Iago. If she be black, and thereto have a wit,
She'll find a white that shall her blackness fit.
Des. Worse and worse.
Emil. How if fair and foolish?
Iago. She never yet was foolish that was fair,
For even her folly help'd her to an heir.
Des. These are old fond paradoxes to make
fools laugh i' the alehouse. What miserable
praise hast thou for her that's foul and foolish?
Iago. There's none so foul and foolish there-
unto
But does foul pranks which fair and wise ones do.
Des. O heavy ignorance! thou praisest the
worst best. But what praise couldst thou be-
stow on a deserving woman indeed, one that,
in the authority of her merit, did justly put on
the vouch of very malice itself?
Iago. She that was ever fair and never proud,
Had tongue at will and yet was never loud,
Never lack'd gold and yet went never gay,
Fled from her wish and yet said 'Now I may,'
She that being anger'd, her revenge being nigh,
Bade her wrong stay and her displeasure fly,
She that in wisdom never was so frail
To change the cod's head for the salmon's tail,
She that could think and ne'er disclose her mind,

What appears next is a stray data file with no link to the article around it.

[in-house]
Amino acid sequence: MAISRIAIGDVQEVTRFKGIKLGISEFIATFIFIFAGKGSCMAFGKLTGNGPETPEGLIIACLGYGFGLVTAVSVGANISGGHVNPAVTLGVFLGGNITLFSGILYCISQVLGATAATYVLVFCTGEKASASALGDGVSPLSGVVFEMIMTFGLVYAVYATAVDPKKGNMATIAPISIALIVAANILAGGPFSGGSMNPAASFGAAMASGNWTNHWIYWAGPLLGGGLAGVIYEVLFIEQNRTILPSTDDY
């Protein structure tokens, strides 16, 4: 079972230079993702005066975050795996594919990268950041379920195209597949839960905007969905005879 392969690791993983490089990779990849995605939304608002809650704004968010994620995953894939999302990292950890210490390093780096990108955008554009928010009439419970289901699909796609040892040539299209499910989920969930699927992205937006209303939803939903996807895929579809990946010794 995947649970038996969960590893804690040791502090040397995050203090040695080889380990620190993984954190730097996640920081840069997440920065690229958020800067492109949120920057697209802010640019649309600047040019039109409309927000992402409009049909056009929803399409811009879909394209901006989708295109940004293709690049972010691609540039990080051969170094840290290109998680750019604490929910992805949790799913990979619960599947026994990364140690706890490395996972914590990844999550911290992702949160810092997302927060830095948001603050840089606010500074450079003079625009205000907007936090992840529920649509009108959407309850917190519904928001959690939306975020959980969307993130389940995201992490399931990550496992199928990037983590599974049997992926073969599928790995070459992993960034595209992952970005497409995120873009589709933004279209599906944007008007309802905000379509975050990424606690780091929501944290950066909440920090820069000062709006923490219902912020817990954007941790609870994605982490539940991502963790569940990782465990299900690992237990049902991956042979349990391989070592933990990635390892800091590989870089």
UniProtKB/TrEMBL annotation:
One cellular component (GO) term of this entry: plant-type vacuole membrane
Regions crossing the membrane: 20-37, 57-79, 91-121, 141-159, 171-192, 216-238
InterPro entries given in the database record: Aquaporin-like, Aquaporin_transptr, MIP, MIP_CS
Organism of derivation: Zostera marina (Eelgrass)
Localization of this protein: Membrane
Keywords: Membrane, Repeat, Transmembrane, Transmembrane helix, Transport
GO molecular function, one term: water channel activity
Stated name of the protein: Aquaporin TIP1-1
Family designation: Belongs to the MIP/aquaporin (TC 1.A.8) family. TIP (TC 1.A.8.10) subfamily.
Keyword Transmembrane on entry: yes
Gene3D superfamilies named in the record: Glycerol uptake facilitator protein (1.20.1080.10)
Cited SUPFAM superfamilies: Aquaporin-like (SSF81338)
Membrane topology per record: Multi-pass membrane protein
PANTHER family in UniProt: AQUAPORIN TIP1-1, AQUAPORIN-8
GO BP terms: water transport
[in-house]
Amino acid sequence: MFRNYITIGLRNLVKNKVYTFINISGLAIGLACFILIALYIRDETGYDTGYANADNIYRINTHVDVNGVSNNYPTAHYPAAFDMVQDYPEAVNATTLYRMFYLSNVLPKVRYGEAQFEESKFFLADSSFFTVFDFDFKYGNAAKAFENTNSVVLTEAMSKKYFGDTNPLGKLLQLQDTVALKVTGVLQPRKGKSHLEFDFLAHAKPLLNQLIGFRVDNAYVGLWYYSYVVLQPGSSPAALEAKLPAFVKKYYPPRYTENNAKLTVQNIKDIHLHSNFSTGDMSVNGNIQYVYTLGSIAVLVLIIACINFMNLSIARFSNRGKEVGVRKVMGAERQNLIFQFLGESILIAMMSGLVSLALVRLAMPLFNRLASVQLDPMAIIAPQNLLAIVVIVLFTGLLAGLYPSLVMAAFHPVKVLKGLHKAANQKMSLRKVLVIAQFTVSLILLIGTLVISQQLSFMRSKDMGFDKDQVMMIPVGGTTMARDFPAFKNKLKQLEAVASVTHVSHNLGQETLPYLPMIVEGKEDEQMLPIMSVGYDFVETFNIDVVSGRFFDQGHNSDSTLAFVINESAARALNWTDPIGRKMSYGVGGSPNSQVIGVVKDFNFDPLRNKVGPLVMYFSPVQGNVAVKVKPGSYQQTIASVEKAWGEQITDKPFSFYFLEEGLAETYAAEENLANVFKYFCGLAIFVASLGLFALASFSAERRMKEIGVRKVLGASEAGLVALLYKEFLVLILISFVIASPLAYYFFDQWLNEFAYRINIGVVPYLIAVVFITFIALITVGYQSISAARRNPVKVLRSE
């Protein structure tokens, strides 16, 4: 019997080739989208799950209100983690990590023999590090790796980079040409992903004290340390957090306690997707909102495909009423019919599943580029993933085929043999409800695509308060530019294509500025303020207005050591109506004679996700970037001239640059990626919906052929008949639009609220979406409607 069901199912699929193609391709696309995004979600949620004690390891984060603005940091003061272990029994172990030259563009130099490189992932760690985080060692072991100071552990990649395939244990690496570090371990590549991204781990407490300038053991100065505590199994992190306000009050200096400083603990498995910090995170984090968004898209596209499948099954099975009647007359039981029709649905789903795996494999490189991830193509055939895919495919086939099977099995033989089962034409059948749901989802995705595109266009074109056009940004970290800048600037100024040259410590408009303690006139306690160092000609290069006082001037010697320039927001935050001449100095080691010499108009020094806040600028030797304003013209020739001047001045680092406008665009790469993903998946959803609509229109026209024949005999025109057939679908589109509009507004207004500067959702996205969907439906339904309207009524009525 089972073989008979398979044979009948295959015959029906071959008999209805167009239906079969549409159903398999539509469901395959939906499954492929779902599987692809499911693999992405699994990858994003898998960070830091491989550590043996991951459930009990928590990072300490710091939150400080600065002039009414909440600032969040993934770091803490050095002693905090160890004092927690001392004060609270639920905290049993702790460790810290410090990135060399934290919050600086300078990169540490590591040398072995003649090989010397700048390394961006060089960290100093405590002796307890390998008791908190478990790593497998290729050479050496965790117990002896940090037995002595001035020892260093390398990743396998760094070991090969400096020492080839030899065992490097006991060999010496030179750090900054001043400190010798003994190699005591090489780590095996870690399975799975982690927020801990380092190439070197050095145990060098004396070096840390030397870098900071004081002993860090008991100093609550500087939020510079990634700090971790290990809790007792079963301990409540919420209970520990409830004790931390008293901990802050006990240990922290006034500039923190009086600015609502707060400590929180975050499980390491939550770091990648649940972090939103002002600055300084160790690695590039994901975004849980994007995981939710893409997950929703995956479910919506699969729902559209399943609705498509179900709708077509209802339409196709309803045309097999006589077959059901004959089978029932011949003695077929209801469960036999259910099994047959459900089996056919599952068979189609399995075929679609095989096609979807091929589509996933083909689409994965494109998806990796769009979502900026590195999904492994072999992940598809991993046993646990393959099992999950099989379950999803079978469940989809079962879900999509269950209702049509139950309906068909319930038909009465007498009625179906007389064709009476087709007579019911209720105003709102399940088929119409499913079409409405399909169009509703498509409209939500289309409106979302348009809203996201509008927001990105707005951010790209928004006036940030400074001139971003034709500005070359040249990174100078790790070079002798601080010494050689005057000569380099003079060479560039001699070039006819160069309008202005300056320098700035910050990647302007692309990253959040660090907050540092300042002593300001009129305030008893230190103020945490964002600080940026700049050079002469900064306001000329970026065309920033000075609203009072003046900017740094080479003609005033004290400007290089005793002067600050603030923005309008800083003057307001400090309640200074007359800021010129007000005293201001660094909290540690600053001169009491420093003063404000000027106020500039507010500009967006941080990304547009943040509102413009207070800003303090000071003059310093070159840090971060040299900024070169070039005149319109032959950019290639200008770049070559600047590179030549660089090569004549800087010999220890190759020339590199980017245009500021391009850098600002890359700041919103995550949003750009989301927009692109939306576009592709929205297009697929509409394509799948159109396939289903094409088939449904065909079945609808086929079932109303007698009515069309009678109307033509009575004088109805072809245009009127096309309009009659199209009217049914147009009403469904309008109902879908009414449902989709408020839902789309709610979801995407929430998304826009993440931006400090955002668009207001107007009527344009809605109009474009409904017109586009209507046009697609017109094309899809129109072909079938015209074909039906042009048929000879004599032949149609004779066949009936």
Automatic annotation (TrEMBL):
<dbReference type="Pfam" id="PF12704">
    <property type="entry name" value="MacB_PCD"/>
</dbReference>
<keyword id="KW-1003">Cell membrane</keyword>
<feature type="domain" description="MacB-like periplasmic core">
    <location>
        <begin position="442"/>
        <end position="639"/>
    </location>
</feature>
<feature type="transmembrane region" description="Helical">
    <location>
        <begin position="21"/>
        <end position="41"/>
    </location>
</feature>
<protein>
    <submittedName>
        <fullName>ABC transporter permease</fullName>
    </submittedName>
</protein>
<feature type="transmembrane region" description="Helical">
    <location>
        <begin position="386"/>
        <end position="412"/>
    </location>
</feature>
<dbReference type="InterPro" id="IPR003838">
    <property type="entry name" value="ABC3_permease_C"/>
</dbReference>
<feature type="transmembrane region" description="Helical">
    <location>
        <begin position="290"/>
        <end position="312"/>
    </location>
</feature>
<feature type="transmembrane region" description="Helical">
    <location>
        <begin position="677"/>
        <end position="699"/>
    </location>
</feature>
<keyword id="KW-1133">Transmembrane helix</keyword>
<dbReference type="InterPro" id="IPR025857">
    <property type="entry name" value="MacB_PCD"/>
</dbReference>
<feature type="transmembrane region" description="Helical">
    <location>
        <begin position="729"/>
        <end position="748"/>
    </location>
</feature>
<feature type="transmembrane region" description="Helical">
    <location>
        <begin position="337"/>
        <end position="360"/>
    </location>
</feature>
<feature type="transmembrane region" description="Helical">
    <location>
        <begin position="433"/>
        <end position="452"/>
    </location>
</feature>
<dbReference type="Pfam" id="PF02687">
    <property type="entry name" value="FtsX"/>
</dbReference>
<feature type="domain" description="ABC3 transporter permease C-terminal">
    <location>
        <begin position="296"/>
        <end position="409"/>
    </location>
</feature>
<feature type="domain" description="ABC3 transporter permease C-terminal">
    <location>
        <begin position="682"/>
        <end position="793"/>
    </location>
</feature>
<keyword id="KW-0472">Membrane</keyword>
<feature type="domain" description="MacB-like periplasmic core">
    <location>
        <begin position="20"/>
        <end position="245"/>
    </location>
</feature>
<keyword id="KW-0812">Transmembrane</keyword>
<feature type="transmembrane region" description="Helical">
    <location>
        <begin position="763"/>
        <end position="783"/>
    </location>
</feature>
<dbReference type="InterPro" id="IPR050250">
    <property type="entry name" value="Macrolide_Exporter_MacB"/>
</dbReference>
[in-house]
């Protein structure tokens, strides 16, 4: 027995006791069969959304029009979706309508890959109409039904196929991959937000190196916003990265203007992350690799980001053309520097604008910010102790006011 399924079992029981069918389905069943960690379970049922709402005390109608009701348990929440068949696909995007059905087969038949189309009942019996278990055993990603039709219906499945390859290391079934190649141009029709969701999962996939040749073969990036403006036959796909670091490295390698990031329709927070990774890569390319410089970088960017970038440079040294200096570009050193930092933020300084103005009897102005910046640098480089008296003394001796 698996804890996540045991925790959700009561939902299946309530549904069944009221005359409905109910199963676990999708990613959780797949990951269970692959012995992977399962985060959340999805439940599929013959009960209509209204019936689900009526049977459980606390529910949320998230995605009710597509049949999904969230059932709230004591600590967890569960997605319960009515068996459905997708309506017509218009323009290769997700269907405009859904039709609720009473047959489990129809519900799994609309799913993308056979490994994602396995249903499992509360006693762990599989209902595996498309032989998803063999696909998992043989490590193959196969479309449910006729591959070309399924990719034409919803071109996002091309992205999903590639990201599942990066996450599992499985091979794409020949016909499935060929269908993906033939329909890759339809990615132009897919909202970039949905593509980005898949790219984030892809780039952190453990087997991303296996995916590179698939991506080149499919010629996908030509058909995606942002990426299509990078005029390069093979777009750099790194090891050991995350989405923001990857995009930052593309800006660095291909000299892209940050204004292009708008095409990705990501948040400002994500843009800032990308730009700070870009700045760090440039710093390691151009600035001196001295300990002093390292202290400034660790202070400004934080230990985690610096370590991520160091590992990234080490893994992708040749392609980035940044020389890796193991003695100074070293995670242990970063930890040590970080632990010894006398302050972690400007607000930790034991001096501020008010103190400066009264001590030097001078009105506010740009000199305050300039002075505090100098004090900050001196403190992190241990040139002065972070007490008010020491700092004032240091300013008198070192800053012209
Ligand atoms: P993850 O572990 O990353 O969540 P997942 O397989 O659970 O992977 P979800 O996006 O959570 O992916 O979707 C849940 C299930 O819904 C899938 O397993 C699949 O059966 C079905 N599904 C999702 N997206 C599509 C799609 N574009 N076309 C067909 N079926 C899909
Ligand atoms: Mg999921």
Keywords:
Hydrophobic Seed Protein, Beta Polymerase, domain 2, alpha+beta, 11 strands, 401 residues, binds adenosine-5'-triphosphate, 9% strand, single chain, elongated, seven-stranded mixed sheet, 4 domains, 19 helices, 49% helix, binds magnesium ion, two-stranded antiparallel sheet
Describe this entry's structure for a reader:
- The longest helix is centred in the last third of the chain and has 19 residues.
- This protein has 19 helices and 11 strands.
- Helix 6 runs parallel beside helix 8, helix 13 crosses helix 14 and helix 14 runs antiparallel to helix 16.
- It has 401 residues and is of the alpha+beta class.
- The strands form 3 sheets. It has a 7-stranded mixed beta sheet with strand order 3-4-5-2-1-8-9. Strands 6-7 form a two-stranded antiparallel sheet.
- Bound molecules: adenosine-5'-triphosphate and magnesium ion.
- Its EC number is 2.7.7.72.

See suitors following and not look behind,
She was a wight, if ever such wight were,—
Des. To do what?
Iago. To suckle fools and chronicle small beer.
Des. O most lame and impotent conclusion!
Do not learn of him, Emilia, though ho bo thy
husband. How say you, Cassio? is he not a
most profane and liberal counsellor?
Cas. He speaks home, madam; you may
relish him more in the soldier than in the
scholar.
Iago. [Aside.] He takes her by the palm; ay,
well said, whisper; with as little a web as this
will I ensnare as great a fly as Cassio. Ay, smile
upon her, do; I will gyve thee in thine own
courtship. You say true, 'tis so, indeed. If
such tricks as these strip you out of your
lieutenantry, it had been better you had not
kissed your three fingers so oft, which now
again you are most apt to play the sir in.
Very good; well kissed! an excellent courtesy!
'tis so, indeed. Yet again your fingers to your
lips? would they were clyster-pipes for your
sake! [A trumpet heard.] The Moor! I know